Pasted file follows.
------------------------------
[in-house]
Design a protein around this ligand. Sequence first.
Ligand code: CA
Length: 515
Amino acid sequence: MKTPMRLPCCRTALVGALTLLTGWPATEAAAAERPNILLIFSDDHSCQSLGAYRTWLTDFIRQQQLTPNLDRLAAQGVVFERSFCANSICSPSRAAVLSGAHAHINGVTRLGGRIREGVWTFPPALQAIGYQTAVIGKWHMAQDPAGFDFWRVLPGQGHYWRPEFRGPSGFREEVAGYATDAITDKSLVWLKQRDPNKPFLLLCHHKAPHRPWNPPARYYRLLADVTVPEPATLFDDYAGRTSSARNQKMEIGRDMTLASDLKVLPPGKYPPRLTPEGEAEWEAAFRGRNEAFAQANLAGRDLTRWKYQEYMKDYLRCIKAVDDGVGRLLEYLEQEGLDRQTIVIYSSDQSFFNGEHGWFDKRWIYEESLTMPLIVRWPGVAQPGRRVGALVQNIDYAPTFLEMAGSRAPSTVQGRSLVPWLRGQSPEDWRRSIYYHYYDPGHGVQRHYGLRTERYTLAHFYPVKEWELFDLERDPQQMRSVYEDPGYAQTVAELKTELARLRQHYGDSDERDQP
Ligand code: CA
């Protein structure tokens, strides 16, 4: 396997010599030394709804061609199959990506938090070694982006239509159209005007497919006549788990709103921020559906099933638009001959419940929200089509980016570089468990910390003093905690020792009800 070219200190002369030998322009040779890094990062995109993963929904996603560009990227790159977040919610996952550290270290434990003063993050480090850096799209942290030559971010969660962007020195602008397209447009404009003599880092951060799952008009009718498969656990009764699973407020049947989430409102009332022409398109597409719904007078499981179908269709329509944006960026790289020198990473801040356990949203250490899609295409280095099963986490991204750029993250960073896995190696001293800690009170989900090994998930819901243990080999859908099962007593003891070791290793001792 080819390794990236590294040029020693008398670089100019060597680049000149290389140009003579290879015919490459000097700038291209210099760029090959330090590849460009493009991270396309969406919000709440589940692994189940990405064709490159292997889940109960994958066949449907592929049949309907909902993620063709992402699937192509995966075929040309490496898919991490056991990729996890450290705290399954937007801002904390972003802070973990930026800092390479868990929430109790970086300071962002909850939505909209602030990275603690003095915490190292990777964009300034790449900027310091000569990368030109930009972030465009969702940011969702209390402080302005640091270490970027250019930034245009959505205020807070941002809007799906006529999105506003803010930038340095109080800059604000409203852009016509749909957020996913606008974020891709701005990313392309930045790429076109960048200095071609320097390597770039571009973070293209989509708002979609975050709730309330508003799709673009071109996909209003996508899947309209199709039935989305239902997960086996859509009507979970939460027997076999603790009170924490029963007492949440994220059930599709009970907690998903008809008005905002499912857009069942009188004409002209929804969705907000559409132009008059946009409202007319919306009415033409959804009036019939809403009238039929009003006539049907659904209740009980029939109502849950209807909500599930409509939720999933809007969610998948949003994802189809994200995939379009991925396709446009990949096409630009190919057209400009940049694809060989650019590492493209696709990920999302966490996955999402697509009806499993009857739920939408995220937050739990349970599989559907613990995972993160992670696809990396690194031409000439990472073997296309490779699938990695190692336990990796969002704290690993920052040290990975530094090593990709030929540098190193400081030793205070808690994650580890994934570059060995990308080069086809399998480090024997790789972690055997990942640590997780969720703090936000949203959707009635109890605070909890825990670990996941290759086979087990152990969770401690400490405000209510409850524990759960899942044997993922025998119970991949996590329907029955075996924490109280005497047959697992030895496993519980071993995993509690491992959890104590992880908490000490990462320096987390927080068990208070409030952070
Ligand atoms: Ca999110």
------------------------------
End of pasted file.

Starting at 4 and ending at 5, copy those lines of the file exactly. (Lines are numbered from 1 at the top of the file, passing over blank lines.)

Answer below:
Length: 515
Amino acid sequence: MKTPMRLPCCRTALVGALTLLTGWPATEAAAAERPNILLIFSDDHSCQSLGAYRTWLTDFIRQQQLTPNLDRLAAQGVVFERSFCANSICSPSRAAVLSGAHAHINGVTRLGGRIREGVWTFPPALQAIGYQTAVIGKWHMAQDPAGFDFWRVLPGQGHYWRPEFRGPSGFREEVAGYATDAITDKSLVWLKQRDPNKPFLLLCHHKAPHRPWNPPARYYRLLADVTVPEPATLFDDYAGRTSSARNQKMEIGRDMTLASDLKVLPPGKYPPRLTPEGEAEWEAAFRGRNEAFAQANLAGRDLTRWKYQEYMKDYLRCIKAVDDGVGRLLEYLEQEGLDRQTIVIYSSDQSFFNGEHGWFDKRWIYEESLTMPLIVRWPGVAQPGRRVGALVQNIDYAPTFLEMAGSRAPSTVQGRSLVPWLRGQSPEDWRRSIYYHYYDPGHGVQRHYGLRTERYTLAHFYPVKEWELFDLERDPQQMRSVYEDPGYAQTVAELKTELARLRQHYGDSDERDQP